83. In my judgment on the balance of probabilities it is in the best interests of a British Citizen child [?] to have continuity of care from his father who has been involved in his life from birth and continued development of that relationship. I take judicial notice of evidence in the public domain not presented before me of the importance of fathers to the development and well-being of boys. The reality is that if the appellant is deported it will be more difficult for the appellant's partner to work and make an economic contribution to society and specifically to return to her job at the Post Office with consequent adverse financial impact through loss of the appellant's income as well as loss of her own, increased reliance on benefits to survive and/or push into poverty for a single parent family."
Popplewell LJ confirmed in AA (Nigeria) v Secretary of State for the Home Department  EWCA Civ 1296,  Imm AR 114, at , that Appellate Tribunals should assume in respect of the unduly harsh assessment that experienced judges in specialised Tribunals correctly apply relevant principles, without the need for extensive citation, unless it is clear from what they said that they have not done so.
He further confirmed at  that there is an expectation that the Judge will reference the guidance provided to the unduly harsh assessment by the Supreme Court in KO (Nigeria) v Secretary of State for the Home Department  UKSC 53,  1 WLR 5273 and HA (Iraq) v Secretary of State for the Home Department  EWCA Civ 1176,  1 WLR 1327.
In KO (Nigeria) the Supreme Court confirmed that the criterion of undue harshness in section 117C(5) of the Nationality, Immigration and Asylum Act 2002 sets an elevated bar which carries a much stronger emphasis than mere undesirability. In HA (Iraq) the Court of Appeal held that the question for Tribunals under section 117C(5) is whether the harshness which the deportation would cause for the offender's partner and/or child is of a sufficiently elevated degree to outweigh the public interest in deportation. The statutory intention is that the hurdle representing the unacceptable impact on a partner or child should be set somewhere between the low level that applies in the case of a person who is liable to ordinary immigration removal and the very high level that applies to an offender who has been sentenced to a period of imprisonment of four years or more, namely very compelling circumstances.
The Judge noted that it was in the best interests of a British citizen child to have continuity of care from the claimant, their father. Judicial notice was then taken of evidence that was not before the Tribunal and of which the respondent had no ability to address. The third limb of the assessment was that deportation would make it more difficult for the claimant's partner to work, and so have an adverse impact upon her, without any adequate consideration as to whether she could secure suitable help from friends and family.
I am mindful of Popplewell LJ's observation in respect of experienced judges and the application of relevant principles. However, having read the decision of the Judge with care, I am satisfied that there was a clear failure to adequately identify the elevated test at paragraphs 82 and 83 of the decision. In the circumstances I am satisfied that the Judge erred in law.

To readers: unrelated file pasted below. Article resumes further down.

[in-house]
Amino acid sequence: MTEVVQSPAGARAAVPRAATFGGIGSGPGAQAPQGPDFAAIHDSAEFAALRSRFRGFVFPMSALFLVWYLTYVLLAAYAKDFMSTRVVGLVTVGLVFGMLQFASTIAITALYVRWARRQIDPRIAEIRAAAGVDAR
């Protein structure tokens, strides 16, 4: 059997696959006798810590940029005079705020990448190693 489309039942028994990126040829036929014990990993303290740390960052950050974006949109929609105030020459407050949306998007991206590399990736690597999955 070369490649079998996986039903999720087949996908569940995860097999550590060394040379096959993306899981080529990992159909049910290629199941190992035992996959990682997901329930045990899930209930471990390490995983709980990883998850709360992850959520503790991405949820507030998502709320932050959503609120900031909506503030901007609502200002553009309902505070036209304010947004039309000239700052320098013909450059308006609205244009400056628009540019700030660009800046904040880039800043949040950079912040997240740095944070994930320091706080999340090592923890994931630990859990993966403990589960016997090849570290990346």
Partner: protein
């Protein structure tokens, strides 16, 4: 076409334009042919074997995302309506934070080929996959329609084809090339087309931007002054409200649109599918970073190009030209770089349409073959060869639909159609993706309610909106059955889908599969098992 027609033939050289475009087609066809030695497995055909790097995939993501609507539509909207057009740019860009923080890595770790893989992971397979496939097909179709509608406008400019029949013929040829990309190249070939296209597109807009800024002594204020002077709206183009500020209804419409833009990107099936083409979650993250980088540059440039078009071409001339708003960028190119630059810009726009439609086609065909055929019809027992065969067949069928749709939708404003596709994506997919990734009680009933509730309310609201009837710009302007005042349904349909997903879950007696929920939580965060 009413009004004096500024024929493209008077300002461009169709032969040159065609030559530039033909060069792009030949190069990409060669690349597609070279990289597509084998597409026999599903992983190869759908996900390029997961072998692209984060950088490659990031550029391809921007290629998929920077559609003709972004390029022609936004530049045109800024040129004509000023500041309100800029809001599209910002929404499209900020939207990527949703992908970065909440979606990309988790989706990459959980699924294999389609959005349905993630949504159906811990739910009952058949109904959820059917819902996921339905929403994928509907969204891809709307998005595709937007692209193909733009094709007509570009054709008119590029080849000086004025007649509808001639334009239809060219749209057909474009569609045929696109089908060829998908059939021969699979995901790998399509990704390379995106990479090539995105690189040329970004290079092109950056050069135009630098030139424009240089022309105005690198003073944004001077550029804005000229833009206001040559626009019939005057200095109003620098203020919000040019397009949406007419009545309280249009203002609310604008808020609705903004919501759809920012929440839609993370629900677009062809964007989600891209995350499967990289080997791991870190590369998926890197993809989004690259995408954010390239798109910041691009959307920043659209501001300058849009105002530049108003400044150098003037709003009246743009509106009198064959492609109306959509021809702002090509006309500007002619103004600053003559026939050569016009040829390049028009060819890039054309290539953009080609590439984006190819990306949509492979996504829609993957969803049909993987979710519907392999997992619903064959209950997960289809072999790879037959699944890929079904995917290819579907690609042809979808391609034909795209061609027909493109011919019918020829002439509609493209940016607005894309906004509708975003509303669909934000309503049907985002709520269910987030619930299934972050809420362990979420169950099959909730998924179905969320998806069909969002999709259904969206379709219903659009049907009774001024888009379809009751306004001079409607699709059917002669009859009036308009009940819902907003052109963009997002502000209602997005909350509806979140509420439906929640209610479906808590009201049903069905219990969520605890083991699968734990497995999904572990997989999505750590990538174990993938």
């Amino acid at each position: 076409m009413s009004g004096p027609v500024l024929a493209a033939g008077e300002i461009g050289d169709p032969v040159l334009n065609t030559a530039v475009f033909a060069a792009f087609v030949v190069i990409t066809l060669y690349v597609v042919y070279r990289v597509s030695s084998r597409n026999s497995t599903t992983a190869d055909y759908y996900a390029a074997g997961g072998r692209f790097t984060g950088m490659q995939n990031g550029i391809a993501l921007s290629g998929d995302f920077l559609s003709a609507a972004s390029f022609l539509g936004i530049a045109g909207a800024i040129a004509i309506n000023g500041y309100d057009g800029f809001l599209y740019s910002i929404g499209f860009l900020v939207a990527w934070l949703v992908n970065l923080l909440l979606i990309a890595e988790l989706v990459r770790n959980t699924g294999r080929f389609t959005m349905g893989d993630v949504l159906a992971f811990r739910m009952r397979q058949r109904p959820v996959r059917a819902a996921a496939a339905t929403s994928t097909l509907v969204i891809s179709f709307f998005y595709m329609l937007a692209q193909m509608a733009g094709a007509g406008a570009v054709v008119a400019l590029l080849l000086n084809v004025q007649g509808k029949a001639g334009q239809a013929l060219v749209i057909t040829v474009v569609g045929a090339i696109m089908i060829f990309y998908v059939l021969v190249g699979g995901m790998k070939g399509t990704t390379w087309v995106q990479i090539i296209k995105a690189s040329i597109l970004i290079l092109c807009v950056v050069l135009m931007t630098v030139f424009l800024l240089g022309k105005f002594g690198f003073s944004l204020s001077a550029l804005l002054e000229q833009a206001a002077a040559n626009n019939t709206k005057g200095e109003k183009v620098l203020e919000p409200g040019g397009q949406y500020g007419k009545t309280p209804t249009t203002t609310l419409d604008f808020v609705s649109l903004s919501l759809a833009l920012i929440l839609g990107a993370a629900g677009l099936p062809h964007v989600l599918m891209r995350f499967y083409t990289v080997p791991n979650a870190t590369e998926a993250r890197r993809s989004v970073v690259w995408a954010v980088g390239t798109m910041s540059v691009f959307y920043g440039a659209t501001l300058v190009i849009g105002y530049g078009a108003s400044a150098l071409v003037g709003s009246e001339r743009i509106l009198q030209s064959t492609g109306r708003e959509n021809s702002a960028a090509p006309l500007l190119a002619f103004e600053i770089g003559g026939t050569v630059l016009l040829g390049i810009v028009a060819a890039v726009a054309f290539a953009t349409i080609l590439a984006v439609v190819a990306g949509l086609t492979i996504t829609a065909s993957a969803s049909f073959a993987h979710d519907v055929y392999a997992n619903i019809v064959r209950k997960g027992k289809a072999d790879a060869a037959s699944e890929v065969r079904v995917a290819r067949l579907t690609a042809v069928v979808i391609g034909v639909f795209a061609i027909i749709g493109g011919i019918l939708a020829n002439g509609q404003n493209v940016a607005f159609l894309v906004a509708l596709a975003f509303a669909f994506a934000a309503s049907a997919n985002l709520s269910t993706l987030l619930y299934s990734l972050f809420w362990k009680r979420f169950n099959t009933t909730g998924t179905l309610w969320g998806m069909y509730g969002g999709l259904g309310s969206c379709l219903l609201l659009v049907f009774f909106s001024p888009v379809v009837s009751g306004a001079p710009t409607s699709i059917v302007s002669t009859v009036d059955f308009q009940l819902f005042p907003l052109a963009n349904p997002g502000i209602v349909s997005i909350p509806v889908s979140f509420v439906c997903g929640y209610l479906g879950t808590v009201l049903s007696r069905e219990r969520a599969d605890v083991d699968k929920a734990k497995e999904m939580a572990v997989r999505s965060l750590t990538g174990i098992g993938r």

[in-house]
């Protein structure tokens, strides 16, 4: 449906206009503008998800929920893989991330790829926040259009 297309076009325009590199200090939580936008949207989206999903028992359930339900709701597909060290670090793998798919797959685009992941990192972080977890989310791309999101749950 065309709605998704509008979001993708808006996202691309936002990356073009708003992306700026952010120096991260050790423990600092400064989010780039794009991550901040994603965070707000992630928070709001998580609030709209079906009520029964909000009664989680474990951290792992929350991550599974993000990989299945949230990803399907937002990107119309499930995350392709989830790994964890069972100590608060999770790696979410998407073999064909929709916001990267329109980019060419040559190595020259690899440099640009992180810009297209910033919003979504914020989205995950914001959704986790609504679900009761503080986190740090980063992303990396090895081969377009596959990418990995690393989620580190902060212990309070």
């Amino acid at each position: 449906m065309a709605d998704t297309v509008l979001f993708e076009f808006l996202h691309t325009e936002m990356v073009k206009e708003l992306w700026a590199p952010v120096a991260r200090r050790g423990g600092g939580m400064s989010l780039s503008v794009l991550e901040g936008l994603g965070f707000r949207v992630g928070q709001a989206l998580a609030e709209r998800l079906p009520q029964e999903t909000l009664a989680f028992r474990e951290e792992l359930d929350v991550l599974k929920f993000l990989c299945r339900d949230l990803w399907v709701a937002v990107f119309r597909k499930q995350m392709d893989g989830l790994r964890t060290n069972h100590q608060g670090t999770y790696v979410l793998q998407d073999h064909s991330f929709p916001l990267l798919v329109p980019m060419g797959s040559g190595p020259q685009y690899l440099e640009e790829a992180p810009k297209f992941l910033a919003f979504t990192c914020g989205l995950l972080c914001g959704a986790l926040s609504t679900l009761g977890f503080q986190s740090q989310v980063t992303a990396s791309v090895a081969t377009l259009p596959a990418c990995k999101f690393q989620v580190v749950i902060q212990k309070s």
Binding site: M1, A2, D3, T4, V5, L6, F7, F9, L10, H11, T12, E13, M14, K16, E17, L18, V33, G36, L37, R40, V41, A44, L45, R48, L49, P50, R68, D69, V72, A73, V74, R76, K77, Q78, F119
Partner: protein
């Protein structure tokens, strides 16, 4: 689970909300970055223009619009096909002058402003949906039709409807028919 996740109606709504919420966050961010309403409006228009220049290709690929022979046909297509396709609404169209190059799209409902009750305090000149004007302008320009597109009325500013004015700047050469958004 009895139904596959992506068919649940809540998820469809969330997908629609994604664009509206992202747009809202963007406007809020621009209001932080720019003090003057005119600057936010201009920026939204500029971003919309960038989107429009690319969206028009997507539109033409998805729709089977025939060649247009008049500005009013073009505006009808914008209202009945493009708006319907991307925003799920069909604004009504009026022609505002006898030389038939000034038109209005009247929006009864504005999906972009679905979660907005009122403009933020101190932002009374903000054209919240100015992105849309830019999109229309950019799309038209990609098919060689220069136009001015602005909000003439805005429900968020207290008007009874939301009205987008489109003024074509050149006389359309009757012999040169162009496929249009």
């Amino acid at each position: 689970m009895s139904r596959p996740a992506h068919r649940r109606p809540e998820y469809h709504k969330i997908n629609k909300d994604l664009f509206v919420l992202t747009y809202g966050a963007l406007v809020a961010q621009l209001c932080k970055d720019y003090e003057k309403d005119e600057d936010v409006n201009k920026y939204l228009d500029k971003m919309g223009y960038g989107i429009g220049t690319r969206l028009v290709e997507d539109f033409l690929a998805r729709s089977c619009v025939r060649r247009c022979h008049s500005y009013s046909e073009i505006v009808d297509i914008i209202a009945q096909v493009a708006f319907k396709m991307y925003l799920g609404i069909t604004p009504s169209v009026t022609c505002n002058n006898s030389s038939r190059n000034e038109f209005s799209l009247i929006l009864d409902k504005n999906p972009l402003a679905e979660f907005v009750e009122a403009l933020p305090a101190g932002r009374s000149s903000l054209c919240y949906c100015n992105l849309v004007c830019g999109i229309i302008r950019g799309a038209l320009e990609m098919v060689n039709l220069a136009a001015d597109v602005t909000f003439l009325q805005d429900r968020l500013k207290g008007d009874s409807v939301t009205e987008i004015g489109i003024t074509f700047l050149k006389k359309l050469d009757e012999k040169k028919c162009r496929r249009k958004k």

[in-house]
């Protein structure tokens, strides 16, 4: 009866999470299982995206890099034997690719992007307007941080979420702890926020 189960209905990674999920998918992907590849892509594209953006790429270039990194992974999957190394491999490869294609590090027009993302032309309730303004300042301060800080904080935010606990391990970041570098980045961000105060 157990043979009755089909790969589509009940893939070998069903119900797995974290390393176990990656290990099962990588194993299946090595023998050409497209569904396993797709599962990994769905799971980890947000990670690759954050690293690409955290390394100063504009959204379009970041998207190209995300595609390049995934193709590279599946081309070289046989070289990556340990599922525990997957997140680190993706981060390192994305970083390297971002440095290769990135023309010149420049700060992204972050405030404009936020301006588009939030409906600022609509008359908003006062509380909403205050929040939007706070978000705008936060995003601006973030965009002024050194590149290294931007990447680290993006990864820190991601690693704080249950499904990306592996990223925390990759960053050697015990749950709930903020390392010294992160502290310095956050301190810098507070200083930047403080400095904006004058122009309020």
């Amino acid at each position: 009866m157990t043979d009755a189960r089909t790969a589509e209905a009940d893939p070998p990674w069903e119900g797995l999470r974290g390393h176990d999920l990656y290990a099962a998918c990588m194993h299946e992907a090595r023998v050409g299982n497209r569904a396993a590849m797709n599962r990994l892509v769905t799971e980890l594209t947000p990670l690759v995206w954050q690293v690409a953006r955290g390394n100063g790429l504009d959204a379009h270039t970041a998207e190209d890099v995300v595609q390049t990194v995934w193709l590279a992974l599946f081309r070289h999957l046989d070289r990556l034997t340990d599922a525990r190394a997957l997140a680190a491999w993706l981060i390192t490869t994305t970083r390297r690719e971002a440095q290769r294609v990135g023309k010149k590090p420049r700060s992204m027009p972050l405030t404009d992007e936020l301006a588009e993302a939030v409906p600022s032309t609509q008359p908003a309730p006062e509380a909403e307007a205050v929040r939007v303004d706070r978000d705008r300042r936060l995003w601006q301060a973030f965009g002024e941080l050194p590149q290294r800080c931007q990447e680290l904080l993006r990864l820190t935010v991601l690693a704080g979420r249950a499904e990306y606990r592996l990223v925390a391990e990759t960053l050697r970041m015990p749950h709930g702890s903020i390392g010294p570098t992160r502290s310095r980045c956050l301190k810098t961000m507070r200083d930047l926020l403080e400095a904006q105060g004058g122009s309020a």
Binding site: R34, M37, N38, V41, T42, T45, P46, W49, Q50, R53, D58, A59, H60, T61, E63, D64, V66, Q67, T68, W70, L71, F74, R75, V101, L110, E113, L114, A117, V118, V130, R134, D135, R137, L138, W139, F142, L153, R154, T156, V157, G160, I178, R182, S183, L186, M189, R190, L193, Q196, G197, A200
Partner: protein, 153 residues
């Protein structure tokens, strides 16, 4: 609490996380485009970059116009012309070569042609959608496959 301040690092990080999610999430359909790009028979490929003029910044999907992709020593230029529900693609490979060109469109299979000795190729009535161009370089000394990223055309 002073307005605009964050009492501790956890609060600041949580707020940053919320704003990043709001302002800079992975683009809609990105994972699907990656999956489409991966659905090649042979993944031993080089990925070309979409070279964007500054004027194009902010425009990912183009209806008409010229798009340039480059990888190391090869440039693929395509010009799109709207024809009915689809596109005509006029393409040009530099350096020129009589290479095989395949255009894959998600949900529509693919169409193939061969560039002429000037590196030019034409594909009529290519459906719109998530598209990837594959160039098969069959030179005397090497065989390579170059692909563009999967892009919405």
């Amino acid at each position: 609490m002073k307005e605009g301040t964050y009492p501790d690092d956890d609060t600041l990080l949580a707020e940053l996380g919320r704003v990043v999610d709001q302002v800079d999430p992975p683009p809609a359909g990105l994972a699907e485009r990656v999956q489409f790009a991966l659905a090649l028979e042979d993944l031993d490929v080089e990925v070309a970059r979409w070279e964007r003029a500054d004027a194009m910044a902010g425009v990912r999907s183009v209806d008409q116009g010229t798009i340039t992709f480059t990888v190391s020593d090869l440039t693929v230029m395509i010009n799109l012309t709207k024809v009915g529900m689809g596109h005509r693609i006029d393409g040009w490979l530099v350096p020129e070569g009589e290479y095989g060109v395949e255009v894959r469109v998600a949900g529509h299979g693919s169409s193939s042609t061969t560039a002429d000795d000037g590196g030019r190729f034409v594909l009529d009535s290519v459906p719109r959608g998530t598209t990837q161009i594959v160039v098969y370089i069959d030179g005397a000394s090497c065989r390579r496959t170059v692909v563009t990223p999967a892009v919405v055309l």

However, being mindful that the Tribunal is considering a human rights (article 8) appeal, Ms. Nnamani and Mr. Lindsay agreed before me that such error was not material. The Secretary of State has not appealed the favourable conclusion reached by the Judge that the claimant met the requirements of paragraph 399A of the Immigration Rules and so has not challenged the judicial finding that his deportation to Somalia would be a disproportionate interference with his private life rights, as protected by article 8 ECHR.
In the circumstances the error identified above was not material to the ultimate consideration of the claimant's article 8 appeal. I therefore dismiss ground 3.
This is a matter where proper consideration should have been given by the First-tier Tribunal to the confirmation in OK (PTA; alternative findings) Ukraine  UKUT 00044 (IAC) that permission should not be granted on grounds as pleaded if there is, quite apart from the grounds, a reason why the appeal would fail. All three of the grounds of challenge advanced failed to engage with the fact that other, independent, reasons were given for allowing the appellant's appeals on Refugee Convention and human rights (articles 3 and 8) grounds.
I also take the opportunity to observe that it is unfortunate that the decision was issued by the First-tier Tribunal with tracked changes visible.
Notice of Decision
The decision of the First-tier Tribunal dated 14 May 2021 did not involve the making of material error on a point of law.
I therefore confirm the following:
The claimant's Refugee Convention appeal is allowed.
The claimant's human rights (article 3) appeal is allowed.
The claimant's human rights (article 8) appeal on private life grounds is allowed.
The anonymity order is confirmed.
Signed: D O'Callaghan Date: 13 December 2021
Upper Tribunal Judge O'Callaghan
TO THE RESPONDENT
No fee is paid or payable and therefore there can be no fee award.
Signed: D O'Callaghan Date: 13 December 2021
Upper Tribunal Judge O'Callaghan